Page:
New Gov. Tom Corbett Planning to Zero in on Budget
Bumsted, Brad, Tribune-Review/Pittsburgh Tribune-Review
HARRISBURG -- When Tom Corbett places his hand on a Bible at noon Jan. 18 to take the oath as Pennsylvania's 46th governor, he'll face a $4 billion deficit -- the largest revenue gap in state history -- and political experts predict that will consume most of his first year in office.
Asked what he believes will be Corbett's focus during his first 100 days, Republican consultant Charlie Gerow of Harrisburg, said: "One simple word: budget."
Corbett said the most important appointment among the 18 Cabinet choices he'll make is the budget secretary.
A Shaler Republican and the state's attorney general, Corbett defeated Allegheny County Executive Dan Onorato of Brighton Heights by an 55 percent to 45 percent margin, to replace two-term Democrat Ed Rendell.
Corbett's agenda of cutting spending, lowering taxes and reforming government's functions received a major boost when voters enabled Republicans to take control of the state House and, as expected, to retain control of the Senate.
Initiatives such as selling the state liquor store system, offering school choice, cutting taxes and improving the business climate by curbing lawsuit abuse stand a better chance of approval in the Legislature, say political experts and key Corbett supporters.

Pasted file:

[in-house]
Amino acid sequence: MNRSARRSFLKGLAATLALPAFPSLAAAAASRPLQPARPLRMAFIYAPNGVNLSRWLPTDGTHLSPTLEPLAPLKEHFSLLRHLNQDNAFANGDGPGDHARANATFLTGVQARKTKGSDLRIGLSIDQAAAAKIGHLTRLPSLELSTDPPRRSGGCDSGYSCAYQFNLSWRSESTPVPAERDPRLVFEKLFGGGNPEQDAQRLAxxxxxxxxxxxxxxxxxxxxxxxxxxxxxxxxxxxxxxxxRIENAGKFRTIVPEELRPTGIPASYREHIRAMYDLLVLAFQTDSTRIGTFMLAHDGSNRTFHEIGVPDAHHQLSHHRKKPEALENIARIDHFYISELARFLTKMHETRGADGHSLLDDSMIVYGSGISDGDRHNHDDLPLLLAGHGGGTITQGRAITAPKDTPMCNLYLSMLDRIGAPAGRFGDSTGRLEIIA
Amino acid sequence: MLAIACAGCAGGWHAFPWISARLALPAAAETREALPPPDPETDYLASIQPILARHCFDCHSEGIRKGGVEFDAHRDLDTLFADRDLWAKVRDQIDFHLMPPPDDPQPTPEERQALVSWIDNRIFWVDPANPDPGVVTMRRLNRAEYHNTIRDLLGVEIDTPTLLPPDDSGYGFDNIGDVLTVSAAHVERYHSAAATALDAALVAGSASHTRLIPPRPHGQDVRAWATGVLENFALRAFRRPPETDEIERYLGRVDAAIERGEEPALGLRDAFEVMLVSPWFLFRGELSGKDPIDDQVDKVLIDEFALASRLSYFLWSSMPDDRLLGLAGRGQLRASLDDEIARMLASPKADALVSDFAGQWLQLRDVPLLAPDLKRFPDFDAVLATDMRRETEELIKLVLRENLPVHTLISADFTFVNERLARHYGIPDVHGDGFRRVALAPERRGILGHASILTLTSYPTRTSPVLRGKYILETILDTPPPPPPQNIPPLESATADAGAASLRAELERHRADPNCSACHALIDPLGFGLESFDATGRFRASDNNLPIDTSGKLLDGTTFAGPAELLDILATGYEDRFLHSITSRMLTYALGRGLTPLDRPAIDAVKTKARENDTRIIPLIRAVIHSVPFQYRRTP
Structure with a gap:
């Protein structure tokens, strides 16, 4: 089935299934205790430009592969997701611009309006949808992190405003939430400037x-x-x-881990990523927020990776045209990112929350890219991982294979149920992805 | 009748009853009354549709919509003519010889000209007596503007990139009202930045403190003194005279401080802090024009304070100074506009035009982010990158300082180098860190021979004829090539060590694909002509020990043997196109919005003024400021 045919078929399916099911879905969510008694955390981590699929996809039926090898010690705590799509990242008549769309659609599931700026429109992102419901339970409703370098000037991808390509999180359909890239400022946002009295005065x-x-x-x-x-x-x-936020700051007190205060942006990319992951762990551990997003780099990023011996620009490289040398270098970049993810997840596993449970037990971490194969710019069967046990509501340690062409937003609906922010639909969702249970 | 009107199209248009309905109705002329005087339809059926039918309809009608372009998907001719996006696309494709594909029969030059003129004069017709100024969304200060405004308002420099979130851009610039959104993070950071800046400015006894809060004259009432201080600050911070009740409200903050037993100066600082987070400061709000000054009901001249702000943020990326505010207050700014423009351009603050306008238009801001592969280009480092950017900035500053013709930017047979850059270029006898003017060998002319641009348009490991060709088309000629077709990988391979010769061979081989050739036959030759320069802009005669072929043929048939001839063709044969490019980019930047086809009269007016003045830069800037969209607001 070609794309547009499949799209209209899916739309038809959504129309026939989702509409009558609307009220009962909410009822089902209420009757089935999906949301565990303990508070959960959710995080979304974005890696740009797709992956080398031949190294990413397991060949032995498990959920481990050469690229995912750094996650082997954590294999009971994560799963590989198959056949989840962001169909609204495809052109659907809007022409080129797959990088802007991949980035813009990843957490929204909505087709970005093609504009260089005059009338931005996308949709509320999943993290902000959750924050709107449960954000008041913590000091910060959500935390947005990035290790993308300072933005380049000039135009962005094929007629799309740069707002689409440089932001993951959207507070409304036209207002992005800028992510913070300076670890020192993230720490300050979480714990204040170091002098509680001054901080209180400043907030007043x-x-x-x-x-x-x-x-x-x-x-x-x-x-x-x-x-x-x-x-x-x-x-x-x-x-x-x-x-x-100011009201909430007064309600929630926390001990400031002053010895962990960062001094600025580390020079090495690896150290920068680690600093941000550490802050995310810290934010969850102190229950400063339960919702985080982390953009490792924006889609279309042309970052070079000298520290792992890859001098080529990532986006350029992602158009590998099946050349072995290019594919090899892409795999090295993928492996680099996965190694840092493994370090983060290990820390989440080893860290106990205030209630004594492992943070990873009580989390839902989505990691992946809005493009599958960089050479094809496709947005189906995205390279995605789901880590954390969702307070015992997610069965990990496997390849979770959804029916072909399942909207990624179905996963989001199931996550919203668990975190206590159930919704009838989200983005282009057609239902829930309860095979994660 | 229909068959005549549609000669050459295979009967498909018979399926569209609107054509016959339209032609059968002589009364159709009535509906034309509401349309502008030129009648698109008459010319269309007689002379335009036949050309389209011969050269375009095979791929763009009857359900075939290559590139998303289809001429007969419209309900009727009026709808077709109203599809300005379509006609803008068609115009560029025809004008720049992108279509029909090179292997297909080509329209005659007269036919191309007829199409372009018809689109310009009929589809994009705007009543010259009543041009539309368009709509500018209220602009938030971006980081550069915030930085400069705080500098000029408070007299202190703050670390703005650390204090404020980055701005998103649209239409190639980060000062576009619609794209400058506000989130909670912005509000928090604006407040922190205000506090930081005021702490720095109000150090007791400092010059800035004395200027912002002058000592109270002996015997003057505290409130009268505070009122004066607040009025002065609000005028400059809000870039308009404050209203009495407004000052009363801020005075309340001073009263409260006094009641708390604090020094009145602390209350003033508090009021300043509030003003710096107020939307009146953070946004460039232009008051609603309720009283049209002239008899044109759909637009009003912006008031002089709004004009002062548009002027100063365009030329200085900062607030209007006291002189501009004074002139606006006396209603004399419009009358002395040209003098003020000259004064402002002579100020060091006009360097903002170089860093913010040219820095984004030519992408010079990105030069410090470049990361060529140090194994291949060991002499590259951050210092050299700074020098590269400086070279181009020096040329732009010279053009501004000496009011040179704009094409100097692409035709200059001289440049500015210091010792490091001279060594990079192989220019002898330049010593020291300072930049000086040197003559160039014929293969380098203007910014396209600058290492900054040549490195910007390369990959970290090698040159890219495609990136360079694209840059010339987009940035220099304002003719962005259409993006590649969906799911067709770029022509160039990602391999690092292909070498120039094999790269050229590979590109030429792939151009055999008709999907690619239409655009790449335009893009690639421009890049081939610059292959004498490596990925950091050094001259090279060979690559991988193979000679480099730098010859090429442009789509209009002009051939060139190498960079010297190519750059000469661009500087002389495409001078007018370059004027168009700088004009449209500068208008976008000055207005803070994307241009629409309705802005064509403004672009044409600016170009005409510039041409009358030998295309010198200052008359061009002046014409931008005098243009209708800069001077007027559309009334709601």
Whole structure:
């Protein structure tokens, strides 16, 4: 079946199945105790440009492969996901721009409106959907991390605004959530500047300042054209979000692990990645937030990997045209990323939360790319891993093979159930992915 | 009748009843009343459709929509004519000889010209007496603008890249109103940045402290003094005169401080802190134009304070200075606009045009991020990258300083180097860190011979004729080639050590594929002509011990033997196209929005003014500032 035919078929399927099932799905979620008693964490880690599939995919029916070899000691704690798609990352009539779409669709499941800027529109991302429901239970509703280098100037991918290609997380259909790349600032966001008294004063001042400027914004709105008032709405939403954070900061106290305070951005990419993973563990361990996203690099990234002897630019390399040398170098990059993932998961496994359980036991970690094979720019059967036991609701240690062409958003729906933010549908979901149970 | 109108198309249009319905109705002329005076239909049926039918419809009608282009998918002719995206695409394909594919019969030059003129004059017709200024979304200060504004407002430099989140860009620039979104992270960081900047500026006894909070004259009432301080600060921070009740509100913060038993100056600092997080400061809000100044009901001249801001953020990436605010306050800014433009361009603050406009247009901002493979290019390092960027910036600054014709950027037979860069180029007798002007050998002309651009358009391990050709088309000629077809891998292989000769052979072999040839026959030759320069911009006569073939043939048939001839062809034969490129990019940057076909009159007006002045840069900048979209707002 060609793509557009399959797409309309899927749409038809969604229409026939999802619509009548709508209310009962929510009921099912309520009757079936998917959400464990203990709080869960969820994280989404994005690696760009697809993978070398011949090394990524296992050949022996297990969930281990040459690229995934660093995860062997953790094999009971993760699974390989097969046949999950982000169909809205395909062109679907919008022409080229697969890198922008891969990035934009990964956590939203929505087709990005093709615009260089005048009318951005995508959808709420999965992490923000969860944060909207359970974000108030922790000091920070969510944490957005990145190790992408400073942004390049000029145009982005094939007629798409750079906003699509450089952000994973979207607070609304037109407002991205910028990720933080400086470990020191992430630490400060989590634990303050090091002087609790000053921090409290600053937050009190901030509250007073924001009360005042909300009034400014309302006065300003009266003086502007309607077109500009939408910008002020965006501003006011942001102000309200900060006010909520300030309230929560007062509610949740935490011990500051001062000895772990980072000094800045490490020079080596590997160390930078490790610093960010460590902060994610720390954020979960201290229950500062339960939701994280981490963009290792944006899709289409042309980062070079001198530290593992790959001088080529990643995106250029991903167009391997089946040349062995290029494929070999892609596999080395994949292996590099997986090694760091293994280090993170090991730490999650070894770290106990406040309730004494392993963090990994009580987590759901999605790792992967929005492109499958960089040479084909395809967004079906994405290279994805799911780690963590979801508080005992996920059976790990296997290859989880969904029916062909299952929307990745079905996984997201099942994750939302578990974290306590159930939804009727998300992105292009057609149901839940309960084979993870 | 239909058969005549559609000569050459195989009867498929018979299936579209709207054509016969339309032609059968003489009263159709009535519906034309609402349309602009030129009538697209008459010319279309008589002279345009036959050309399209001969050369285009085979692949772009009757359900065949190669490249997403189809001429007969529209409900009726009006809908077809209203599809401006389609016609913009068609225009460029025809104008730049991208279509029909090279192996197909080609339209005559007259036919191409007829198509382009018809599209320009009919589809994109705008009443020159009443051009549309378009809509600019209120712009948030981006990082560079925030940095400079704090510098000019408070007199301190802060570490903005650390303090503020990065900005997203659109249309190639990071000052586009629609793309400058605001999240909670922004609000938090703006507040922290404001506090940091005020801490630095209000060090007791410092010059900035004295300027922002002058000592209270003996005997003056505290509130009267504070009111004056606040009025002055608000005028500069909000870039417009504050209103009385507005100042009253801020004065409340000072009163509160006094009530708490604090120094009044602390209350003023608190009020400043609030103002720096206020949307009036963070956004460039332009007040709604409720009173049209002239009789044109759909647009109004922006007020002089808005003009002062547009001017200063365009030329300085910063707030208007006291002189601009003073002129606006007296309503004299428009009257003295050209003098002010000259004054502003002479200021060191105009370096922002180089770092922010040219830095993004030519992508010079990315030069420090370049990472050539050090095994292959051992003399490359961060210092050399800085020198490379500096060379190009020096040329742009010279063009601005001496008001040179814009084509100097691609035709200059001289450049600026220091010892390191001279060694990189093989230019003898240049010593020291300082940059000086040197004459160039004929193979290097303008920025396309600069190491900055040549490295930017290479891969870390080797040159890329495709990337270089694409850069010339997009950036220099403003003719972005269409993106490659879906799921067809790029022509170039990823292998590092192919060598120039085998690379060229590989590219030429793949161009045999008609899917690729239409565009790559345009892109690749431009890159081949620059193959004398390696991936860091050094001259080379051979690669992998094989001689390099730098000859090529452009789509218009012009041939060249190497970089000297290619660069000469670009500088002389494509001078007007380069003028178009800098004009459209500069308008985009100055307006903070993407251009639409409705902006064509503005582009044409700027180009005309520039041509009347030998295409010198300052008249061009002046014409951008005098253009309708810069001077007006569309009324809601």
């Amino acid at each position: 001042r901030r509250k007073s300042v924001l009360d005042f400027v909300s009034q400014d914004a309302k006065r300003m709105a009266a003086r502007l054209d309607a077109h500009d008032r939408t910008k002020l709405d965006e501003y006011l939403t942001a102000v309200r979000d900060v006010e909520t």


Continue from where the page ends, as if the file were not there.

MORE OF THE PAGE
But don't expect most of those issues to be resolved in 100 days - - the yardstick used to gauge an executive's performance since Congress approved most of President Franklin D. Roosevelt's agenda in 100 days.
In Pennsylvania, governors rarely accomplish much in that time span. The governor doesn't introduce his budget until his second month in office, and legislators don't resolve most complicated budget quarrels until late June or July -- even later under Rendell.
During his first week as governor, Corbett said he'll propose ending "the perks and special privileges" of legislative discretionary grants and unvouchered expense money for lawmakers, and cutting the Legislature's $200 million reserve fund.
"Day One, I'm handing Harrisburg my reform plan," Corbett said in a television ad during the campaign.
He'll move to trim what he calls a "ridiculous" number of 16,000 state vehicles, as well.
Cutting perks and excessive cars is more than symbolic for Corbett. …